Did you know?
A gap only 1mm wide will allow enough unintended airflow to carry 360g of water per day into the building envelope, according to Passipedia.
- Higher energy efficiency and cost-saving
Airtightness supported by louvres prevent uncontrolled heat movement in and out of the building, hence limit usage and reliance on the HVAC systems. When combined with the innovative SmartAir system, louvres automatically monitor internal and external ambient temperatures, incorporate morning and night purging to cool the building fabric during unoccupied periods and ultimately reduce air conditioning energy cost.
- Thermal comfort and wellbeing of occupants
Louvre windows deliver ultimate control over air flow to indoor spaces, allowing cool breezes in during the warmer months, and keeping cold air out in winter. By preventing air infiltration, louvres also protect occupants from airborne pollutants, allergens, microbes and fluctuating humidity levels. This is of paramount importance in school design, aged care facilities and apartment complexes.
Louvre Performance Analysis via Inhabit Group Modelling
To further prove these performance ratings and the importance of choosing high free air, low air infiltration windows, Safetyline Jalousie has reached out to Inhabit Group for modelling and scenario testing of learning spaces.
Table 1: Façade Airtightness Data modelled by Inhabit Group
|Louvre Type||Airtightness, L/m2.s @75 Pa as per AS 2047||Calculated (scenario GBJ) m3/m2.h @ 50 Pa||Resultant whole-of-façade airtightness, m3/m2.h @ 50 Pa||Relative benefits of Jalousie louvres|
|Generic louvre A||1.5||1.23||9.16||7%|
|Generic louvre B||1.9||1.55||9.34||8%|
|Generic louvre C||5||4.08||10.7||20%|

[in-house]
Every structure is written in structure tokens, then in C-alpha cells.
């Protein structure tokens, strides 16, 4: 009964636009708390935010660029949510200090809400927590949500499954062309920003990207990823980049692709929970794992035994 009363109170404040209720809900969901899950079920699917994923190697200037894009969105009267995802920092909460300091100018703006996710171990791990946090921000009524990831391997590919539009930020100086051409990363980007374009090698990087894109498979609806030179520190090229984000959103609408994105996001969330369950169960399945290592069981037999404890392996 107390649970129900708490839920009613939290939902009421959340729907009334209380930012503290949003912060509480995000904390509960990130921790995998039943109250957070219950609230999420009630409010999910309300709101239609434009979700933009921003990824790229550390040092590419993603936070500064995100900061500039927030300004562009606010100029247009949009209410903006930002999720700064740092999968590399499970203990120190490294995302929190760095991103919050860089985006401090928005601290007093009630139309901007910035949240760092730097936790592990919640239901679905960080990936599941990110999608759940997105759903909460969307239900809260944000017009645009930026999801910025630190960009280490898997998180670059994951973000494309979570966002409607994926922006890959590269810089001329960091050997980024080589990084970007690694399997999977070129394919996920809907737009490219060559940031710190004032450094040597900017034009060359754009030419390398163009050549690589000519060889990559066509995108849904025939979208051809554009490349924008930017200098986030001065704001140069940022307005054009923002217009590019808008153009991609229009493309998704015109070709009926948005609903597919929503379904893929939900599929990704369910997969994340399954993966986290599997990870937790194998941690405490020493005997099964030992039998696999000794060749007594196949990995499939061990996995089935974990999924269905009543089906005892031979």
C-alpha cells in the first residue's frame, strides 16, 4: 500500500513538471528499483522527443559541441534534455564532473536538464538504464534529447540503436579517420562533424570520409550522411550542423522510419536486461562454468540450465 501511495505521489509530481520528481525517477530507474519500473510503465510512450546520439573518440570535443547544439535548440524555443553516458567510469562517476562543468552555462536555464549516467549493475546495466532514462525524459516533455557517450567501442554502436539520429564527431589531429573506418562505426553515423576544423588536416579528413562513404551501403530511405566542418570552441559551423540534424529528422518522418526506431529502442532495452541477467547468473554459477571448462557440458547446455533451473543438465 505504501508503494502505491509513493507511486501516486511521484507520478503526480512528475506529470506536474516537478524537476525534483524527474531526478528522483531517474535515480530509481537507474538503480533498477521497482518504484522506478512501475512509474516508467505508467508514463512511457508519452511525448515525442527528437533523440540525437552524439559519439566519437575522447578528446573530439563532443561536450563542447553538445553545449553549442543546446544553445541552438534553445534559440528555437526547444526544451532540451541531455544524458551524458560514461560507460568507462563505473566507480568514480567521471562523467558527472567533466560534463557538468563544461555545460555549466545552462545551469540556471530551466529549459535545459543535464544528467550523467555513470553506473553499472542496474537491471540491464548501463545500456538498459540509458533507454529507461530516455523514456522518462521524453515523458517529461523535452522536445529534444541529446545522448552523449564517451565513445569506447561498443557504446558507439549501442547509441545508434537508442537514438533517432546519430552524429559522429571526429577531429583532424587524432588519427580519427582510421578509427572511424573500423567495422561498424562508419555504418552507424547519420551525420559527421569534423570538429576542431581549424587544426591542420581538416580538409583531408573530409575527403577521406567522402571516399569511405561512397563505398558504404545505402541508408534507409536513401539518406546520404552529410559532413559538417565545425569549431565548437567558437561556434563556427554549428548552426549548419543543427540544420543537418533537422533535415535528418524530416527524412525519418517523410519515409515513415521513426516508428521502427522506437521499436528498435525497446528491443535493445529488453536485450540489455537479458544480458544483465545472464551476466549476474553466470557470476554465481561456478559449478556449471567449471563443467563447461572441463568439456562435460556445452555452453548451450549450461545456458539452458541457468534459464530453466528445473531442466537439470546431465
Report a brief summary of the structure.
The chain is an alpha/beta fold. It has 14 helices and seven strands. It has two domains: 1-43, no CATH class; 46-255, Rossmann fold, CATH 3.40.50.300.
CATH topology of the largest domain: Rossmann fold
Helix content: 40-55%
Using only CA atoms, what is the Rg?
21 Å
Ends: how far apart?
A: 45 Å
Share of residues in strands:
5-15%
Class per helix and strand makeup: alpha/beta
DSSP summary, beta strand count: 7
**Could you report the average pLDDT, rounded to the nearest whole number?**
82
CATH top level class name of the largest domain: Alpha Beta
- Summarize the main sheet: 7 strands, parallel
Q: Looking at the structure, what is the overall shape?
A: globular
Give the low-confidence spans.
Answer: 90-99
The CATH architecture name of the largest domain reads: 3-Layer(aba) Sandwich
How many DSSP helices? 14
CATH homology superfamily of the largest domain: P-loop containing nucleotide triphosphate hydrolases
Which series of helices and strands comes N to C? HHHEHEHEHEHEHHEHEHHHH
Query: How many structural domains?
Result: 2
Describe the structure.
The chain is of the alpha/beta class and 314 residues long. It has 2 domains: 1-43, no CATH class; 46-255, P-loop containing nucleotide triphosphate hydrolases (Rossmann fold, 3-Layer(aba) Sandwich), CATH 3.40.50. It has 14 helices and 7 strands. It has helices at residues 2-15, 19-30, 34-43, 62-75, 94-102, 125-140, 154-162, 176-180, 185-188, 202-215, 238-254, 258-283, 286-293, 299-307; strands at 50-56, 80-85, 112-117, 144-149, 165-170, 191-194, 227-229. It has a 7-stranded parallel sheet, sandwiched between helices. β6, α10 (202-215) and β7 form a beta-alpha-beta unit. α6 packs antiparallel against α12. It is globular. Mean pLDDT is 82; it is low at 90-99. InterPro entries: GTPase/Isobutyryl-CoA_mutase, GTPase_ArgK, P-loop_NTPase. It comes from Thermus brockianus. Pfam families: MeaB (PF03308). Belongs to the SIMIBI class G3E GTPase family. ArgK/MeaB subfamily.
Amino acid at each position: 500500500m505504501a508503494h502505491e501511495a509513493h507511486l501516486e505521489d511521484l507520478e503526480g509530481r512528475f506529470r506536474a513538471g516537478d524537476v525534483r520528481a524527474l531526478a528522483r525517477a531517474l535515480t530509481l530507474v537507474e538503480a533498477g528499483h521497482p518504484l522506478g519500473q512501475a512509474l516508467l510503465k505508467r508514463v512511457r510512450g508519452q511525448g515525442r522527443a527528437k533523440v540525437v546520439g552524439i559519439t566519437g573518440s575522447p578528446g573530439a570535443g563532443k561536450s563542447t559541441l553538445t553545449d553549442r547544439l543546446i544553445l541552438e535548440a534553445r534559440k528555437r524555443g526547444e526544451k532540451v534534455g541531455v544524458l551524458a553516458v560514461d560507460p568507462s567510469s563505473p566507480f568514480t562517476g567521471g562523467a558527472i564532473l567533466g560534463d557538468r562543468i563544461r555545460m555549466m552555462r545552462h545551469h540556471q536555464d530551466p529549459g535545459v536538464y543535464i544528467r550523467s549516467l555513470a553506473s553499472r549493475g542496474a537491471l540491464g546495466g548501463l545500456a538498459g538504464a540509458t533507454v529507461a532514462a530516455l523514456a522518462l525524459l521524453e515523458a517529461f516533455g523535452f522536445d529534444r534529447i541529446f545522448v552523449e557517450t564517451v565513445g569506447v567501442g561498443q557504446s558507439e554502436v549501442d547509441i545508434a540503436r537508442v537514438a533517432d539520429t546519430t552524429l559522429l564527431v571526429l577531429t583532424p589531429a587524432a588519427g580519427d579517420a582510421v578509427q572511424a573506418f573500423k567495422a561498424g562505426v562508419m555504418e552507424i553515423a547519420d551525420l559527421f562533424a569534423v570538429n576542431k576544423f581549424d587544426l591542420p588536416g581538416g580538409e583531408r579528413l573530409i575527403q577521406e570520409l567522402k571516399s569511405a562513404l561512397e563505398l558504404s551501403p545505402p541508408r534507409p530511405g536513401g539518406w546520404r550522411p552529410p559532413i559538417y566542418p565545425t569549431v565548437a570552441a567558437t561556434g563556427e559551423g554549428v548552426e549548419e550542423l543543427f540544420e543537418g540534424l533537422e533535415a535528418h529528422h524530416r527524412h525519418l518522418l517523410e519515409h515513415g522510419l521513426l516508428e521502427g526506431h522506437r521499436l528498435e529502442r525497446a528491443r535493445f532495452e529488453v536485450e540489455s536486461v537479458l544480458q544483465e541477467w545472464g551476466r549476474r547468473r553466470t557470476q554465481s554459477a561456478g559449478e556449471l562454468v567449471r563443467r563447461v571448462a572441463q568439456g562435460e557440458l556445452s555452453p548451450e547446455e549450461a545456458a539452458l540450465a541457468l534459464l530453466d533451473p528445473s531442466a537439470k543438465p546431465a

|All other façade elements (as per NCC 2019)||3.4||2.78||10|
It is proven that Safetyline Jalousie louvres have a much higher airtightness figure than the generic louvres tested or indeed the requirements of NCC 2019. As a result, the façade airtightness of the tested building is increased by up to 20%. Less air changes per hour also allow for a much tighter control over indoor air quality.
It is worth noting that the airtightness benefit of Safetyline Jalousie louvres increases as the percentage façade area increases.
In addition, Inhabit Group’s modelling indicates that Safetyline Jalousie louvre windows can improve thermal comfort levels for occupants, decrease energy usage and costs and ultimately reduce greenhouse gas emissions for the operating life of the project.
The Final Word
As part of the National Energy Productivity Plan (NEPP), the Australian Government has also made changes to energy efficiency-related provisions to reduce emissions by 26-28% on 2005 levels by 2030. However, in 2019 The United Nations (UN) reported that Australia was not on track to meet them. It is more important now than ever for the built industry to prioritise energy-saving, environmental-friendly materials for greener, healthier living environments.
By choosing energy-efficient windows with high free air and low air infiltration like Safetyline Jalousie louvres, architects and builders can witness a huge leap in the project outcomes while contributing to the national achievements of sustainability.
Should you need further consultation and technical advice on smarter, greener ventilation solutions, do not hesitate to contact Safetyline Jalousie team.